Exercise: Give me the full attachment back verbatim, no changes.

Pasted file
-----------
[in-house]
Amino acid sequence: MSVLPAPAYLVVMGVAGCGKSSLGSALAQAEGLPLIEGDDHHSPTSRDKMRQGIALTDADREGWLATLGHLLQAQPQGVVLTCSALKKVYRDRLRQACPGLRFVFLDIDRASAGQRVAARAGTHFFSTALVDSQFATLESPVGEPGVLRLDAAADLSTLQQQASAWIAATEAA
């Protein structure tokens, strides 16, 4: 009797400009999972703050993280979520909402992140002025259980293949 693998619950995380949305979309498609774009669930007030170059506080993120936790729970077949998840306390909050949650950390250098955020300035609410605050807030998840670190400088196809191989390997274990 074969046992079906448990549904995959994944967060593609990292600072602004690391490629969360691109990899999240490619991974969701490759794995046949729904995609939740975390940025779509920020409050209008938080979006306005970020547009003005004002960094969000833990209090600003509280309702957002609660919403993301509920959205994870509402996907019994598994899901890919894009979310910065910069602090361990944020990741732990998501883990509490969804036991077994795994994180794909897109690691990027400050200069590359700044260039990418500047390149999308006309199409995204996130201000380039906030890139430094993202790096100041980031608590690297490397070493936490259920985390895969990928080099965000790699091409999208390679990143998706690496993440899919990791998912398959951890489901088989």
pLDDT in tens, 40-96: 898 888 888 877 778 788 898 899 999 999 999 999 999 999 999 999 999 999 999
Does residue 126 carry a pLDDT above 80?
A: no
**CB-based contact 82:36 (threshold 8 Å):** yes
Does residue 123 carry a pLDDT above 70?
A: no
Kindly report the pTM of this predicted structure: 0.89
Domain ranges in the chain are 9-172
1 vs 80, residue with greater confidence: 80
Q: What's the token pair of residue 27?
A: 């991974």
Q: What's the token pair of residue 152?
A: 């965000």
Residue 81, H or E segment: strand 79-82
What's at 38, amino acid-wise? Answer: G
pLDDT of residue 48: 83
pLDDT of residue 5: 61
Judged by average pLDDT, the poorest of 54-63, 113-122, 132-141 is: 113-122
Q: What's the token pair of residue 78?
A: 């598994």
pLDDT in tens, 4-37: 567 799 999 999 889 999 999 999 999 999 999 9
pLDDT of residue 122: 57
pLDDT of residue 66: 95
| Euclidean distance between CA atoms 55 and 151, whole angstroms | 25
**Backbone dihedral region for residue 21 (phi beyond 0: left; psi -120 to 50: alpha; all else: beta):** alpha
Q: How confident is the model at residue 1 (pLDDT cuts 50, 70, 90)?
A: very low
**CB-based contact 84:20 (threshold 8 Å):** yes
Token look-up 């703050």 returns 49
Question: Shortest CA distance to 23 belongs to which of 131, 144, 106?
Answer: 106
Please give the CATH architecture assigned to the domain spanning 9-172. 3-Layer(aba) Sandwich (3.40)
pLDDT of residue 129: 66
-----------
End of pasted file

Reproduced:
[in-house]
Amino acid sequence: MSVLPAPAYLVVMGVAGCGKSSLGSALAQAEGLPLIEGDDHHSPTSRDKMRQGIALTDADREGWLATLGHLLQAQPQGVVLTCSALKKVYRDRLRQACPGLRFVFLDIDRASAGQRVAARAGTHFFSTALVDSQFATLESPVGEPGVLRLDAAADLSTLQQQASAWIAATEAA
């Protein structure tokens, strides 16, 4: 009797400009999972703050993280979520909402992140002025259980293949 693998619950995380949305979309498609774009669930007030170059506080993120936790729970077949998840306390909050949650950390250098955020300035609410605050807030998840670190400088196809191989390997274990 074969046992079906448990549904995959994944967060593609990292600072602004690391490629969360691109990899999240490619991974969701490759794995046949729904995609939740975390940025779509920020409050209008938080979006306005970020547009003005004002960094969000833990209090600003509280309702957002609660919403993301509920959205994870509402996907019994598994899901890919894009979310910065910069602090361990944020990741732990998501883990509490969804036991077994795994994180794909897109690691990027400050200069590359700044260039990418500047390149999308006309199409995204996130201000380039906030890139430094993202790096100041980031608590690297490397070493936490259920985390895969990928080099965000790699091409999208390679990143998706690496993440899919990791998912398959951890489901088989």
pLDDT in tens, 40-96: 898 888 888 877 778 788 898 899 999 999 999 999 999 999 999 999 999 999 999
Does residue 126 carry a pLDDT above 80?
A: no
**CB-based contact 82:36 (threshold 8 Å):** yes
Does residue 123 carry a pLDDT above 70?
A: no
Kindly report the pTM of this predicted structure: 0.89
Domain ranges in the chain are 9-172
1 vs 80, residue with greater confidence: 80
Q: What's the token pair of residue 27?
A: 């991974």
Q: What's the token pair of residue 152?
A: 């965000």
Residue 81, H or E segment: strand 79-82
What's at 38, amino acid-wise? Answer: G
pLDDT of residue 48: 83
pLDDT of residue 5: 61
Judged by average pLDDT, the poorest of 54-63, 113-122, 132-141 is: 113-122
Q: What's the token pair of residue 78?
A: 């598994």
pLDDT in tens, 4-37: 567 799 999 999 889 999 999 999 999 999 999 9
pLDDT of residue 122: 57
pLDDT of residue 66: 95
| Euclidean distance between CA atoms 55 and 151, whole angstroms | 25
**Backbone dihedral region for residue 21 (phi beyond 0: left; psi -120 to 50: alpha; all else: beta):** alpha
Q: How confident is the model at residue 1 (pLDDT cuts 50, 70, 90)?
A: very low
**CB-based contact 84:20 (threshold 8 Å):** yes
Token look-up 């703050």 returns 49
Question: Shortest CA distance to 23 belongs to which of 131, 144, 106?
Answer: 106
Please give the CATH architecture assigned to the domain spanning 9-172. 3-Layer(aba) Sandwich (3.40)
pLDDT of residue 129: 66